The Antillean Euphonia, with its vibrant yellow and blue feathers, graces Caribbean forests, often seen feeding on fruits.

Without a doubt, one of the most beautiful birds in the world brilliantly colored, tiny bird, is most active in dense woodlands.

Meet the Antillean Euphonia

The Antillean euphonia (Chlorophonia musica) has contrasting upper parts with a black mantle and a glossy blue back, while the underparts, rump, and upper tail coverts are yellow. The tail, flight feathers, and general upper wing area are black. The forehead is yellow, while the lores, ear-coverts, sides of the head, chin, and throat are dark violet. His crown and nape are sky blue which extends right down to his throat. His bill is black, the legs and feet gray, the eyes brown.

Photo Courtesy of Ryan Mandelbaum/CC BY 2.0

The females of all the groups of this species are generally lighter overall, with yellow-greenish bodies and wings, turquoise crown, and nape. While the forehead is topped off with a patch of gold.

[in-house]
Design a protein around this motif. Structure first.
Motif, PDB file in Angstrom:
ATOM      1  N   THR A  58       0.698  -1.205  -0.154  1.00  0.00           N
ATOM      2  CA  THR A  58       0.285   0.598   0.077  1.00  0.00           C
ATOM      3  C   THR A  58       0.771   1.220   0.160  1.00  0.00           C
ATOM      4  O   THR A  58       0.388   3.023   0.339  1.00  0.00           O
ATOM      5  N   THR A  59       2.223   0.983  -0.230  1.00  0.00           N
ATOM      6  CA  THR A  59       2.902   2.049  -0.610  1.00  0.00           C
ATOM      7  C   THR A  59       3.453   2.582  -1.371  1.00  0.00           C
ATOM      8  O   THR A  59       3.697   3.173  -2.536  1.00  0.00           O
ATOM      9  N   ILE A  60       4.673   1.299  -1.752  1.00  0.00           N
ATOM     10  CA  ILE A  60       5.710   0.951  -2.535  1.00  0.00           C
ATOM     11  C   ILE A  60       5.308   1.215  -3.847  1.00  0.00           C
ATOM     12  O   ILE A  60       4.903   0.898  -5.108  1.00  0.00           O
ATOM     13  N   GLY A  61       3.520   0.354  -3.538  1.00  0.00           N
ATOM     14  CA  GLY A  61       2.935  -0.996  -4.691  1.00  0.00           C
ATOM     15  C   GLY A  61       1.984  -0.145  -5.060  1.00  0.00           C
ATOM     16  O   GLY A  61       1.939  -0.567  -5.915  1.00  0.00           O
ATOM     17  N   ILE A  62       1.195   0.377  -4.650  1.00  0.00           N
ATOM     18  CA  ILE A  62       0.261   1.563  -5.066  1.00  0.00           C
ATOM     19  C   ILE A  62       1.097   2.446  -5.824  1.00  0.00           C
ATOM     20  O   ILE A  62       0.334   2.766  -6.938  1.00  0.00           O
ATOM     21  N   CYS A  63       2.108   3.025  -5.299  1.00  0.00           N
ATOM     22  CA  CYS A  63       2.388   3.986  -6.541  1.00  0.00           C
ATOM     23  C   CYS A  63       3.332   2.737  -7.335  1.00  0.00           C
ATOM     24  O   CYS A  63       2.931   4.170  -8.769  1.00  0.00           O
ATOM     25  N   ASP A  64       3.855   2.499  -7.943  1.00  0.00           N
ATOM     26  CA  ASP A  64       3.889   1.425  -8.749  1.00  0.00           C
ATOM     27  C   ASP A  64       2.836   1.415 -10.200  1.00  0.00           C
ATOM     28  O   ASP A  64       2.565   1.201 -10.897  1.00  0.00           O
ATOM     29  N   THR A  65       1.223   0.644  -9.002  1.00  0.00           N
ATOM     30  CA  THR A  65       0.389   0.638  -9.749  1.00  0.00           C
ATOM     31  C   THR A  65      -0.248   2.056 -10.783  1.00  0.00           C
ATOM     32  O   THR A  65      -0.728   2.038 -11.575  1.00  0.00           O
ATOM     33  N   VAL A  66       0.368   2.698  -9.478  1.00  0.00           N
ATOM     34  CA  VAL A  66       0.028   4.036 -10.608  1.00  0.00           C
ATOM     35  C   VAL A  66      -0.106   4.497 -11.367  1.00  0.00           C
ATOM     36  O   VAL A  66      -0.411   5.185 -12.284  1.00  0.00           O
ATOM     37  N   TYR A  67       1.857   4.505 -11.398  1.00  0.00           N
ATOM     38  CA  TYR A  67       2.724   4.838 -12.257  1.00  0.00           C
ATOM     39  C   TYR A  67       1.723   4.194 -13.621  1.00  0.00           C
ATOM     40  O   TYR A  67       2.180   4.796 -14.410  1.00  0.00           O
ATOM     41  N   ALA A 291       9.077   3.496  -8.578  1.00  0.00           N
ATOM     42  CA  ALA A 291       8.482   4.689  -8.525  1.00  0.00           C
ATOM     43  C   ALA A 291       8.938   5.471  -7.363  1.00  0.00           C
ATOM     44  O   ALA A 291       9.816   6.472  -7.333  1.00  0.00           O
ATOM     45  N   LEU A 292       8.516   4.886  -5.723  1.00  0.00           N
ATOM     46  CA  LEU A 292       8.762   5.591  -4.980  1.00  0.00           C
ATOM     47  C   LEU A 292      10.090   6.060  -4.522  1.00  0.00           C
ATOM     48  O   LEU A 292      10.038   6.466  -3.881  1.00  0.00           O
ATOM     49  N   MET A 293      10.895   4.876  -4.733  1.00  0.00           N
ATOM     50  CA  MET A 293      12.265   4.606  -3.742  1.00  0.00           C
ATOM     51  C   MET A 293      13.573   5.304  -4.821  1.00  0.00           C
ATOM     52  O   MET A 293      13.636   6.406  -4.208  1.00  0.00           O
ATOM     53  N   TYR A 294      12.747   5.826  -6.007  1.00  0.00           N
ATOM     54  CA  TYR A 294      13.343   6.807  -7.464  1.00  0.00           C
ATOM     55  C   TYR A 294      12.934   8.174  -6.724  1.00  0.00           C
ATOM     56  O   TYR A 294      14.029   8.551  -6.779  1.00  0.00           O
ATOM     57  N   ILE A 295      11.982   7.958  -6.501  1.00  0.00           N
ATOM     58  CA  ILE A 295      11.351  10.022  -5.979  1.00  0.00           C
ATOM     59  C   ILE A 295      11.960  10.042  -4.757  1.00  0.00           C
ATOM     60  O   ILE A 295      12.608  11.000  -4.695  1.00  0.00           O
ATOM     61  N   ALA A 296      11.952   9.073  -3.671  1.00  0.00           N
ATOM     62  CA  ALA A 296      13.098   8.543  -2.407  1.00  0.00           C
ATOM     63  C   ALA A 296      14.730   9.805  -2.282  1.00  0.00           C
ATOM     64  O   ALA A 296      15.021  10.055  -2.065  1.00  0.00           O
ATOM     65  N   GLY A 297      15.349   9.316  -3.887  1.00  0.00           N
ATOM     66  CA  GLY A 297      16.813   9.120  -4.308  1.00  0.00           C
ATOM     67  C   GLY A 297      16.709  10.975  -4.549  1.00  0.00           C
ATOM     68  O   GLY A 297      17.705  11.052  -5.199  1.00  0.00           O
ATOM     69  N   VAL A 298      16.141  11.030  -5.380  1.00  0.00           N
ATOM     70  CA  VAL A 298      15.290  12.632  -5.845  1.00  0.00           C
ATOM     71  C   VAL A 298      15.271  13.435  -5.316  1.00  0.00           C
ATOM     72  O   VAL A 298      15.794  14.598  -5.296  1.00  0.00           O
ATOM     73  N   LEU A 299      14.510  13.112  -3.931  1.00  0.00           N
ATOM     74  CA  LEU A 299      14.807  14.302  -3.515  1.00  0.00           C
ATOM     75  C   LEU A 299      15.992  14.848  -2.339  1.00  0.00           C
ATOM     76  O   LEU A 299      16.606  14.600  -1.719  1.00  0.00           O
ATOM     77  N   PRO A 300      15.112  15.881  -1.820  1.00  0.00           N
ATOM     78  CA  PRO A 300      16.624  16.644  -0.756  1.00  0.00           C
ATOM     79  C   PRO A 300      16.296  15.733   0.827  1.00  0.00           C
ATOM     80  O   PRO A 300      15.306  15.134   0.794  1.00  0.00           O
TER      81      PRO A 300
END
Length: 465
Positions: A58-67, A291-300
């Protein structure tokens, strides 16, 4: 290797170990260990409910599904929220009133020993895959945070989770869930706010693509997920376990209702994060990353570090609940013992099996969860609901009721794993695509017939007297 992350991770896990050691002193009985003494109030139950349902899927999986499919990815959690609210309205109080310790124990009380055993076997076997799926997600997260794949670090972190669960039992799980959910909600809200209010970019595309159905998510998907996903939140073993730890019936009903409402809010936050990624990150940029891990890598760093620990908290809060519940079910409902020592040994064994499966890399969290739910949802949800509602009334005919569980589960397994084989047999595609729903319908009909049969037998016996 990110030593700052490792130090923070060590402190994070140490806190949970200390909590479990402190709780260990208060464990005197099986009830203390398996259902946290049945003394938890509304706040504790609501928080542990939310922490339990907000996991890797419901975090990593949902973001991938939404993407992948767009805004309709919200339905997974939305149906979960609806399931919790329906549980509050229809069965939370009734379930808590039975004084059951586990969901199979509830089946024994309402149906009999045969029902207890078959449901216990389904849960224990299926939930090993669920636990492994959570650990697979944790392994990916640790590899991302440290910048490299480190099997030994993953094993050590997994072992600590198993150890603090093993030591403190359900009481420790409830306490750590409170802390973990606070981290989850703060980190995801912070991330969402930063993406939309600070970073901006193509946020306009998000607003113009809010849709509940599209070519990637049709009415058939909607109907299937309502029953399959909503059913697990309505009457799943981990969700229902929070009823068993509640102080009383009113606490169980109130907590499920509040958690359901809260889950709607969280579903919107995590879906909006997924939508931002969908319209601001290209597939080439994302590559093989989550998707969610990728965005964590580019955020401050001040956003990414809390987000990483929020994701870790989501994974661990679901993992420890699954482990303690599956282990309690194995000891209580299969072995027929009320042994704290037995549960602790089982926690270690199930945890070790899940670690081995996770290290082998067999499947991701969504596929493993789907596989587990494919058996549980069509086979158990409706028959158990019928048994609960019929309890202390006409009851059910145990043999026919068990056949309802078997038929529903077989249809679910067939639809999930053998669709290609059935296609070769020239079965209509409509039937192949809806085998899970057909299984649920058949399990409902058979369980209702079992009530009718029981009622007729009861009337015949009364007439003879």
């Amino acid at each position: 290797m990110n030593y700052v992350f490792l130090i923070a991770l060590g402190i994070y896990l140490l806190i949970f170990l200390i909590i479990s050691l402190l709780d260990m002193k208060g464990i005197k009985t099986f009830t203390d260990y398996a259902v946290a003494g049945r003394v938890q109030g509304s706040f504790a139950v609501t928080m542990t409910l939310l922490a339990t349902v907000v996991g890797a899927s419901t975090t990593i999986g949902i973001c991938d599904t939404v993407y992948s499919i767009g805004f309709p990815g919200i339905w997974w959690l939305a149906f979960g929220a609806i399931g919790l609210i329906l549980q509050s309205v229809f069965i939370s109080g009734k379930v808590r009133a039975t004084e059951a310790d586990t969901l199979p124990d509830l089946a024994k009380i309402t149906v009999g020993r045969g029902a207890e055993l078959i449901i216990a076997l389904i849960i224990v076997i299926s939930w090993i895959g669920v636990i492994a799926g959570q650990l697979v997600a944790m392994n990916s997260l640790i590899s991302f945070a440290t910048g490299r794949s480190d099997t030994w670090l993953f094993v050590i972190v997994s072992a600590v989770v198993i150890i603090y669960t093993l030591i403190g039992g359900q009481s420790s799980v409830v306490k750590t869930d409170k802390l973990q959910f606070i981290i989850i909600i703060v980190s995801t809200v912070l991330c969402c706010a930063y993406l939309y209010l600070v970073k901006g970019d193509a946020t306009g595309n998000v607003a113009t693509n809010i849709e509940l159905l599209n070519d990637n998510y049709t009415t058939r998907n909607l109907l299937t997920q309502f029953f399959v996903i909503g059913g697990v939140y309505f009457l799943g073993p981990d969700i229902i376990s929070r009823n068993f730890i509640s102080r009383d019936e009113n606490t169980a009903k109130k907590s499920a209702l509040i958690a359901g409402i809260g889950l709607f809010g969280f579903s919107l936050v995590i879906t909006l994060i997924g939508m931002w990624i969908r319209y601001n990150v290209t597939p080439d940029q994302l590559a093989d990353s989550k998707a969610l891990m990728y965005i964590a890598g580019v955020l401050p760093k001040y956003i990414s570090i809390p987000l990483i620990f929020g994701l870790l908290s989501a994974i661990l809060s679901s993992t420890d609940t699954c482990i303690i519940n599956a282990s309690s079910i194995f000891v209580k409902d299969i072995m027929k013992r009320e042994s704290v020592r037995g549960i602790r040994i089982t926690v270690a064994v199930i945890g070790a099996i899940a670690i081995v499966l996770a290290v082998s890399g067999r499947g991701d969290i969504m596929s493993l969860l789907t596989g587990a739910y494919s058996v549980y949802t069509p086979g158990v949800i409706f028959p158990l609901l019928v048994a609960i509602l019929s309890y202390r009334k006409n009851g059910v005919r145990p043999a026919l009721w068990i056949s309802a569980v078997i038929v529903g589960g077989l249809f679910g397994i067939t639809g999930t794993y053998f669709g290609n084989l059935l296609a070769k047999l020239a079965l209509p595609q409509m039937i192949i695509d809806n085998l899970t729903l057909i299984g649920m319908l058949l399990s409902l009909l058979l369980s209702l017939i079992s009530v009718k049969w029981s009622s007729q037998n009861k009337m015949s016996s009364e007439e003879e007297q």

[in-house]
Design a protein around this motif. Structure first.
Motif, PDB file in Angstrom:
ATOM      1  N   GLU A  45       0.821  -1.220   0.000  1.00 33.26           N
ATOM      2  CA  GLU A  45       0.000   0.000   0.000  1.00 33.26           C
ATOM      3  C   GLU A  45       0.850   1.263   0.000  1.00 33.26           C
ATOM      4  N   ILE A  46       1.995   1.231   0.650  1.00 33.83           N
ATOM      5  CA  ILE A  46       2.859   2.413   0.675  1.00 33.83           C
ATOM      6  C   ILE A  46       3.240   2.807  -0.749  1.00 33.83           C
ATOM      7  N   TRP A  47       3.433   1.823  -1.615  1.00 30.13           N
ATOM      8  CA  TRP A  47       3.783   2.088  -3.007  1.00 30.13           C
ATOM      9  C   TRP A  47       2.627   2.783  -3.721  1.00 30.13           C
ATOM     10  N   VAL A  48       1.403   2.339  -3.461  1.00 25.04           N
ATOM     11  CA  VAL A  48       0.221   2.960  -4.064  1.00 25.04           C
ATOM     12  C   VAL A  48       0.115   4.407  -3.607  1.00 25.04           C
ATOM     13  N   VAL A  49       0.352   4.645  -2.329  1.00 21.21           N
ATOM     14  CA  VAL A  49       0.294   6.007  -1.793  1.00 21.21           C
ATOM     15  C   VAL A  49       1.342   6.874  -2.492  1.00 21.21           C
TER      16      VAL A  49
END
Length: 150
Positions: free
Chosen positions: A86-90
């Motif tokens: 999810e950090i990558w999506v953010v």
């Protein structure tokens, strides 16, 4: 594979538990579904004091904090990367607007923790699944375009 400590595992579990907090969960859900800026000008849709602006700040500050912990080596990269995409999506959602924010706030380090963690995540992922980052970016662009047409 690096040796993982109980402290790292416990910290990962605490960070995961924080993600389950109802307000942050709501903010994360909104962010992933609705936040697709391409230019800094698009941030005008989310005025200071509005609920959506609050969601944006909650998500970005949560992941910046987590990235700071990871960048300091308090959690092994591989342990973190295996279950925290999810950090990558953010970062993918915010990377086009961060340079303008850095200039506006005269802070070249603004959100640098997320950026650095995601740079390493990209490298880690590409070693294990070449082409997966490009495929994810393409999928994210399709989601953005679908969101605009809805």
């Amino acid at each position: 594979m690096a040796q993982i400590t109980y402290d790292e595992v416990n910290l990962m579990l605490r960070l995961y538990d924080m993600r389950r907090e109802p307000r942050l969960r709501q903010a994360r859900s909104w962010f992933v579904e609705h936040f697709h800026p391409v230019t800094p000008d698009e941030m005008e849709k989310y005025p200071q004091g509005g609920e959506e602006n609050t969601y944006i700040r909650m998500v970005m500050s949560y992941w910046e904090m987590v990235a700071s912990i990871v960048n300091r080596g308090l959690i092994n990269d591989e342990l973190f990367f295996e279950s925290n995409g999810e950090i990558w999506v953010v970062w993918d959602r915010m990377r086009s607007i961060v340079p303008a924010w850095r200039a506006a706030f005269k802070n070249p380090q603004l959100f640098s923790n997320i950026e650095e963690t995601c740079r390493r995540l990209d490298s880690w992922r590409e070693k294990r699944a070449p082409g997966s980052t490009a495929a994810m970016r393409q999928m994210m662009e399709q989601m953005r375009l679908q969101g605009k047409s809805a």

Juveniles tend to resemble the female but are duller overall.

Photo Courtesy of Ryan Mandelbaum/CC BY 2.0

These birds are found in all the main islands of the Lesser Antilles, as well as Hispaniola (the Dominican Republic and Haiti) and Puerto Rico.

Antillean Euphonia prefers to live from lowlands to high mountains throughout their range and frequents dry to humid forests, and often seen along the edges and in disturbed areas with mistletoe.

They like to dine on small fruit, mainly those of the mistletoe. Foraging in small flocks flying from clump to clump either taking fruit on the wing or by perching.

The breeding season runs from January through to July when a domed shaped nest is built using moss and small rootlets, with an entrance on the side. This is well hidden amongst the vegetation usually in epiphytes. Line with dried grass and pieces of vegetation into which 3 to 4 white eggs are laid with red to brown markings. Incubation is undertaken by both parents with the female doing the bulk of the work. Young are fed by both parents, becoming fledged after 17 to 24 days.

The population is suspected to be stable, although some decline may occur depending on the range and the subspecies.

You can watch this bird feed right here on the video below:–YtZI%3Ffeature%3Doembed


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